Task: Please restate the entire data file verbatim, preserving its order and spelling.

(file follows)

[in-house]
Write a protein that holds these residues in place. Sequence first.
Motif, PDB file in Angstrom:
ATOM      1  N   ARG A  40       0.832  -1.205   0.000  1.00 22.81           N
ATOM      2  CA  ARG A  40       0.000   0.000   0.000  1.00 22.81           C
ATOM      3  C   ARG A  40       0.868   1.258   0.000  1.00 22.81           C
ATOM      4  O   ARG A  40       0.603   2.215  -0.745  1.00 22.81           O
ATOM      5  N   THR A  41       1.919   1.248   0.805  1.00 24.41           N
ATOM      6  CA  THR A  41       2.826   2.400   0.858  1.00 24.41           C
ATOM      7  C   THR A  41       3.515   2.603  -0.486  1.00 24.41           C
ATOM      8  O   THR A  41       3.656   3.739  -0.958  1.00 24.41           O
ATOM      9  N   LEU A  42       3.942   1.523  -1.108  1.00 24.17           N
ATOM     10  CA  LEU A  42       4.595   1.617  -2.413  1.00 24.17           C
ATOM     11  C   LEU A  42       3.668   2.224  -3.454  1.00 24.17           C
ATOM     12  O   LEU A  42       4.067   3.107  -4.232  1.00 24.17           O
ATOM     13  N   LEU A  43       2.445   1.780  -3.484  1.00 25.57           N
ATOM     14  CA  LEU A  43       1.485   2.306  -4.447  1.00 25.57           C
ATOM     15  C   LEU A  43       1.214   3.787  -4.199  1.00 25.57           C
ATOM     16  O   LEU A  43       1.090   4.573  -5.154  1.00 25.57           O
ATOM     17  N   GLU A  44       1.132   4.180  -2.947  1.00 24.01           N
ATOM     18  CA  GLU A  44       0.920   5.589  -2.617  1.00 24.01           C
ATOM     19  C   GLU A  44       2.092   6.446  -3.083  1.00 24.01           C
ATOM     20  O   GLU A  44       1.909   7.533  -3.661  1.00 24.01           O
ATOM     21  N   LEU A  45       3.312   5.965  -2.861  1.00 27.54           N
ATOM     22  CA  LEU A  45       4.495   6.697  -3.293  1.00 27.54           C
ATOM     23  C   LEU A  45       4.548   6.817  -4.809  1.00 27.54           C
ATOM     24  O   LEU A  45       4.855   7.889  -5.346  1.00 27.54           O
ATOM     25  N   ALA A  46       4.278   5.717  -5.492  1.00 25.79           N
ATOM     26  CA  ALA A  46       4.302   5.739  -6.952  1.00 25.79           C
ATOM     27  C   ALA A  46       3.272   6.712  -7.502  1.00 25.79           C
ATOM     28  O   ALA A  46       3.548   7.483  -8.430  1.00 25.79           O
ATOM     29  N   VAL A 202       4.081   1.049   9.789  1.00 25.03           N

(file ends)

[in-house]
Write a protein that holds these residues in place. Sequence first.
Motif, PDB file in Angstrom:
ATOM      1  N   ARG A  40       0.832  -1.205   0.000  1.00 22.81           N
ATOM      2  CA  ARG A  40       0.000   0.000   0.000  1.00 22.81           C
ATOM      3  C   ARG A  40       0.868   1.258   0.000  1.00 22.81           C
ATOM      4  O   ARG A  40       0.603   2.215  -0.745  1.00 22.81           O
ATOM      5  N   THR A  41       1.919   1.248   0.805  1.00 24.41           N
ATOM      6  CA  THR A  41       2.826   2.400   0.858  1.00 24.41           C
ATOM      7  C   THR A  41       3.515   2.603  -0.486  1.00 24.41           C
ATOM      8  O   THR A  41       3.656   3.739  -0.958  1.00 24.41           O
ATOM      9  N   LEU A  42       3.942   1.523  -1.108  1.00 24.17           N
ATOM     10  CA  LEU A  42       4.595   1.617  -2.413  1.00 24.17           C
ATOM     11  C   LEU A  42       3.668   2.224  -3.454  1.00 24.17           C
ATOM     12  O   LEU A  42       4.067   3.107  -4.232  1.00 24.17           O
ATOM     13  N   LEU A  43       2.445   1.780  -3.484  1.00 25.57           N
ATOM     14  CA  LEU A  43       1.485   2.306  -4.447  1.00 25.57           C
ATOM     15  C   LEU A  43       1.214   3.787  -4.199  1.00 25.57           C
ATOM     16  O   LEU A  43       1.090   4.573  -5.154  1.00 25.57           O
ATOM     17  N   GLU A  44       1.132   4.180  -2.947  1.00 24.01           N
ATOM     18  CA  GLU A  44       0.920   5.589  -2.617  1.00 24.01           C
ATOM     19  C   GLU A  44       2.092   6.446  -3.083  1.00 24.01           C
ATOM     20  O   GLU A  44       1.909   7.533  -3.661  1.00 24.01           O
ATOM     21  N   LEU A  45       3.312   5.965  -2.861  1.00 27.54           N
ATOM     22  CA  LEU A  45       4.495   6.697  -3.293  1.00 27.54           C
ATOM     23  C   LEU A  45       4.548   6.817  -4.809  1.00 27.54           C
ATOM     24  O   LEU A  45       4.855   7.889  -5.346  1.00 27.54           O
ATOM     25  N   ALA A  46       4.278   5.717  -5.492  1.00 25.79           N
ATOM     26  CA  ALA A  46       4.302   5.739  -6.952  1.00 25.79           C
ATOM     27  C   ALA A  46       3.272   6.712  -7.502  1.00 25.79           C
ATOM     28  O   ALA A  46       3.548   7.483  -8.430  1.00 25.79           O
ATOM     29  N   VAL A 202       4.081   1.049   9.789  1.00 25.03           N